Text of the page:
Tuesday, March 11, 2008

Hall Of Famer

Last night, Madonna Louise Veronica Ciccone was inducted into the Rock and Roll Hall of Fame -- along with fellow Class of 2008 inductees John Mellencamp, Leonard Cohen, The Ventures and The Dave Clark Five (and a few others) -- in her very first year of eligibility (25 years after the release of her first record) at the Waldorf-Astoria in NYC. Our Lady Madonna was inducted into the Rock Hall by one of her most recent musical collaborators -- Justin Timberlake ... who gave a rambling and oftentimes awkward-sounding speech ... which I transcribed word for word and present to you in its entirety:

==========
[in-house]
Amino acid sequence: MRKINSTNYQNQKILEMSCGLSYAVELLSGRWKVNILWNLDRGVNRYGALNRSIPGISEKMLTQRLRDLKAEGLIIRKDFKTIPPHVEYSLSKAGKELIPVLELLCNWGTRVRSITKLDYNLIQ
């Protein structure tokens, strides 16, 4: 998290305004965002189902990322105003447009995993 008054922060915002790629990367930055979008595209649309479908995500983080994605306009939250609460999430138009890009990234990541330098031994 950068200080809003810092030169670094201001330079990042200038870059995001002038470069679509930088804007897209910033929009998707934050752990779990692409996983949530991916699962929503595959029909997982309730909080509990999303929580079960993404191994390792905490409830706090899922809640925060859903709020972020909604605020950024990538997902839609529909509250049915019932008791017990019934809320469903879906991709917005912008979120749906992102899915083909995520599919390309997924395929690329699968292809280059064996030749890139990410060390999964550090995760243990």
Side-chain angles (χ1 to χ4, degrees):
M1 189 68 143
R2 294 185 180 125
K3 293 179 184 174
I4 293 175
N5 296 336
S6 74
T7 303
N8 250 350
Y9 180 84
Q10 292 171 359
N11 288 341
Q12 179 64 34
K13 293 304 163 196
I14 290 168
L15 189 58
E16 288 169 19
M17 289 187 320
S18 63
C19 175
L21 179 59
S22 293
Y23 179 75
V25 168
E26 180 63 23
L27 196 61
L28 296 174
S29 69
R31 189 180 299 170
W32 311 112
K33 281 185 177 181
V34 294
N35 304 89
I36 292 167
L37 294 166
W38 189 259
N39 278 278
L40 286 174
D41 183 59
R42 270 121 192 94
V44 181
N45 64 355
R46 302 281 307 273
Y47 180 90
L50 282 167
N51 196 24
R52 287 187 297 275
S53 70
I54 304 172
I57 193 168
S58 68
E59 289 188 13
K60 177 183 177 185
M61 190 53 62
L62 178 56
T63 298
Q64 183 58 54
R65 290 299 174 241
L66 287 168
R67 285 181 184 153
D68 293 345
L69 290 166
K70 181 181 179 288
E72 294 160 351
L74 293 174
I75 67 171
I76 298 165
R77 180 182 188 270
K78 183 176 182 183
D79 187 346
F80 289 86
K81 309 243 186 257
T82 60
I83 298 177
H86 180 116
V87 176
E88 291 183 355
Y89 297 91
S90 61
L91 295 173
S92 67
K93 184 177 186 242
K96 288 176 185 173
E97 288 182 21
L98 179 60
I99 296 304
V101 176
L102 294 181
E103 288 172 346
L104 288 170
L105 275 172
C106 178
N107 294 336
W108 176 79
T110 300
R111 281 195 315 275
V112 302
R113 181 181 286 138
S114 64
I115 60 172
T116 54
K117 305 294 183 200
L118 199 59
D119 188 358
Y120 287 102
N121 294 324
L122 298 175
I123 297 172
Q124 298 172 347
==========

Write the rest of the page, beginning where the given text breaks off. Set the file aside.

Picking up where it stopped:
Ok, shut up, it's not about me tonight. Madonna ... Madonna will be out of the music business in six months (noise from the audience) ... just let me finish. 'Her voice is like Minnie Mouse on helium.' 'Comparing Marilyn Monroe to Madonna is like comparing Raquel Welch to the back of a bus.' That's what they were saying about Madonna 25 years ago, I don't think any of them around to say it tonight. See a strange thing happens when you are asked to induct Madonna into the Rock and Roll Hall of Fame. First, of course, you're overwhelmingly honored because there is and will only every be one Madonna. But then, but then, you become aware that every single word you can possibly imagine saying about Madonna suddenly sounds much hotter, much dirtier and a whole hell of lot more fun. 'Induct her? Why, yes, I'd love to.' 'Enter the hall. Every chance I get.' With all do respect to the fine city of Cleveland, even that place sounds slight erotic knowing that Madonna is going to be 'entering the hall' just as soon as I have the pleasure of personally inducting her. And though I'm pretty sure that Little Richard would disagree, the truth is that nobody has ever gotten into the Rock and Roll Hall of Fame while still looking this damn fine. Madonna, you're taking your rightful place in this hall but I'll just go on record saying you're no old museum piece. But tonight, tonight is not just a chance for me to come to Madonna (I said 'come on to', that's terrible) ... tonight is a moment to pause and consider the singular impact of this woman. Madonna has changed the way our world sounded, she's changed the way our world looked and somehow she still found time to publicly kiss at least someone who I may or may not have kissed myself ... while I was in the audience, yeah, course you know I'm all talking about Sean Penn. They're jokes! They, they're jokes! For longer than I can remember, back before breastfeeding, Madonna has been causing a stir, usually well-timed for the release of her latest album and making our culture a more provocative and interesting place. When she first appeared on the scene a sultry, dance-pop act dressed in lace and fishnet stockings, Madonna captured the attention of women and men with a certain downtown thrift store chic that was all her own ... until millions tried to jump on her bandwagon. Back then, few would have predicted that all these years later, and she politely but firmly forbid me to count, she would remain one of the most popular and crowd-pleasing acts all around the world. Yet, Madonna hasn't become one of music's greatest stories ever told just by shocking us at regular intervals, she's done it by working harder and being smarter than everybody else. As she made MTV the place to be seen, she racked up the greatest track-record in music history -- 47 Top 40 hits. That's almost one for every year that she's been alive, give or take a few ... but ... I told her I was gonna jab her a little bit. Anyways, the point is this is a singing, dancing, writing, promoting, achieving superstar who became the biggest name on the planet the old fashioned way -- she earned it. The success story of Madonna Louise Veronica Ciccone, the daughter of Madonna Louise and Tony P. Ciccone, from Bay City, Michigan is a one-of-a-kind and truly global. Like most great artists, Madonna didn't have the easiest of childhoods but she found her way to New York City, a place that seemed to suit her incredible style and energy. She studied dance with Alvin Ailey and even toured with a disco act called The Patrick Hernandez Review. Madonna has always proudly let her dance music roots show. Dance music often expresses joy, and the joy of sex but Madonna drew upon its power to spread a message that suggests that she was never really a 'material girl'. Her tracks have always been fresh with an ever-changing sense of style and groove yet taken as a whole, her shapely body of work told a story and offered a transcendent message of hope and empowerment that managed to be spiritual and sensual. Madonna's music dared you, hell it ordered you, to express yourself, to open your heart, to cherish and to justify her love. Whatever pose she was striking, at any given moment, Madonna has remained both a familiar friend and a beautiful stranger. She's consistently evoked the past with an edge that felt shockingly new. She bravely mixed and matched the sacred and the profane. She may have been in some way like a virgin but there was never any doubt this is a woman of experience. 'Sex' is not just the name of some book she wrote and there's never been any question about who's running Madonna's career. She's always been a woman on top and I'm sure fully enjoying that position. And that's true today, whether that's in her position as singer, song writer, dancer, producer, author, director, wife or mother. I co-wrote and co-produced half of the tracks on her new record entitled 'Hard Candy'. And naturally when I tell people that they're always asking me what it's reeeeally like to work with Madonna. Is she the control freak that everyone says she is? And I'm gonna tell ya, hell yeah. As a matter of fact, I wanna tell a little story really quick -- one day, in London, I showed up to the studio and (it's prolly because of the freakin' schedule she had us under) but I was feeling a little ill, I was feeling under the weather and she could tell and she said, 'You're not feeling too well today?' and I said, 'Noooo not too well today.' and she said, 'Well, would you like a B12 shot? We could get a B12 shot.' and I was like, 'Yeah, I'd love a B12 shot.' That's the first thing I thought of. And, uh, and so I'm thinking, right, that we're gonna call it a doctor and he's gonna make a house-call [mumbling] Here's a B12 shot. And, uh, then she proceeds to reach into her designer handbag and, uh, pull a Zip-Lock bag of B12 syringes out. And then she looks at me with that face that she looks at people with and she says to me, 'Drop 'em.' I don't ... I don't know what you say to that so I immediately dropped my pants. This is a true story by the way, I swear I'm not making this up. So, uh, she gives me the B12 shot, in my ass and then she looks at me and she says, 'Nice top shelf.' And that was one of the greatest days of my life. But, I guess in my own cheesy way I got to thinkin' I would tell this story because I figured that's exactly what Madonna is and will continue to be for all of us -- the shot in the ass when we really needed it. Her upcoming single from her new album is called '4 Minutes to Save the World' and, in a sense, that's what Madonna has always done -- save the world, one great four minute song at a time. Ladies and gentlemen, the world has long been full of Madonna wannabes, and I might have even dated a couple, but there is, but there is only one Madonna. So right now, it is one of the true thrills and privileges of my life to stand on this stage and induct Madonna into the Rock and Roll Hall of Fame.